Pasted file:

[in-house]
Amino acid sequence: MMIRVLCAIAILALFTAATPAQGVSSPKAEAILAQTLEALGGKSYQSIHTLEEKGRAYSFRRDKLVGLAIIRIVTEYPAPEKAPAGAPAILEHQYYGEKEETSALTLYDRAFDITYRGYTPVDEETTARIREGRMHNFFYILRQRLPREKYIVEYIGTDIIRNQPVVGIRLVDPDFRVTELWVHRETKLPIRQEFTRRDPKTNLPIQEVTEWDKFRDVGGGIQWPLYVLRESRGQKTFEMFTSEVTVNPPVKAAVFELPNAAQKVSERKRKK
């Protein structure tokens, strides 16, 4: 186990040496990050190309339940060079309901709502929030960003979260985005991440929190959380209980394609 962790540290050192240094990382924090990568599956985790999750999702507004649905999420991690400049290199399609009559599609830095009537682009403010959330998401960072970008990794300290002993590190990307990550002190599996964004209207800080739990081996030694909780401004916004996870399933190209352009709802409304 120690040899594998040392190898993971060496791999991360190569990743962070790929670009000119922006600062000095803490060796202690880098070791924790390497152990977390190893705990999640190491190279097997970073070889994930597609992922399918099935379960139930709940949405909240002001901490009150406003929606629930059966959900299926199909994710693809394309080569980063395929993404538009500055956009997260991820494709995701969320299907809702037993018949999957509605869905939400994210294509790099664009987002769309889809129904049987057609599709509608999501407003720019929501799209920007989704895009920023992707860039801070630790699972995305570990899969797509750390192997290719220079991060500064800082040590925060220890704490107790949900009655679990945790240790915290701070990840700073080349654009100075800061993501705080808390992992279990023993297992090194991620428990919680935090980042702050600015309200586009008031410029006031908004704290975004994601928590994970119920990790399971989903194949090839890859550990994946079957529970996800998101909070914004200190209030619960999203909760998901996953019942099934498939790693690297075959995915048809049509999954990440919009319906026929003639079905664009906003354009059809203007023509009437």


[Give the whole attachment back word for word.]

[in-house]
Amino acid sequence: MMIRVLCAIAILALFTAATPAQGVSSPKAEAILAQTLEALGGKSYQSIHTLEEKGRAYSFRRDKLVGLAIIRIVTEYPAPEKAPAGAPAILEHQYYGEKEETSALTLYDRAFDITYRGYTPVDEETTARIREGRMHNFFYILRQRLPREKYIVEYIGTDIIRNQPVVGIRLVDPDFRVTELWVHRETKLPIRQEFTRRDPKTNLPIQEVTEWDKFRDVGGGIQWPLYVLRESRGQKTFEMFTSEVTVNPPVKAAVFELPNAAQKVSERKRKK
């Protein structure tokens, strides 16, 4: 186990040496990050190309339940060079309901709502929030960003979260985005991440929190959380209980394609 962790540290050192240094990382924090990568599956985790999750999702507004649905999420991690400049290199399609009559599609830095009537682009403010959330998401960072970008990794300290002993590190990307990550002190599996964004209207800080739990081996030694909780401004916004996870399933190209352009709802409304 120690040899594998040392190898993971060496791999991360190569990743962070790929670009000119922006600062000095803490060796202690880098070791924790390497152990977390190893705990999640190491190279097997970073070889994930597609992922399918099935379960139930709940949405909240002001901490009150406003929606629930059966959900299926199909994710693809394309080569980063395929993404538009500055956009997260991820494709995701969320299907809702037993018949999957509605869905939400994210294509790099664009987002769309889809129904049987057609599709509608999501407003720019929501799209920007989704895009920023992707860039801070630790699972995305570990899969797509750390192997290719220079991060500064800082040590925060220890704490107790949900009655679990945790240790915290701070990840700073080349654009100075800061993501705080808390992992279990023993297992090194991620428990919680935090980042702050600015309200586009008031410029006031908004704290975004994601928590994970119920990790399971989903194949090839890859550990994946079957529970996800998101909070914004200190209030619960999203909760998901996953019942099934498939790693690297075959995915048809049509999954990440919009319906026929003639079905664009906003354009059809203007023509009437």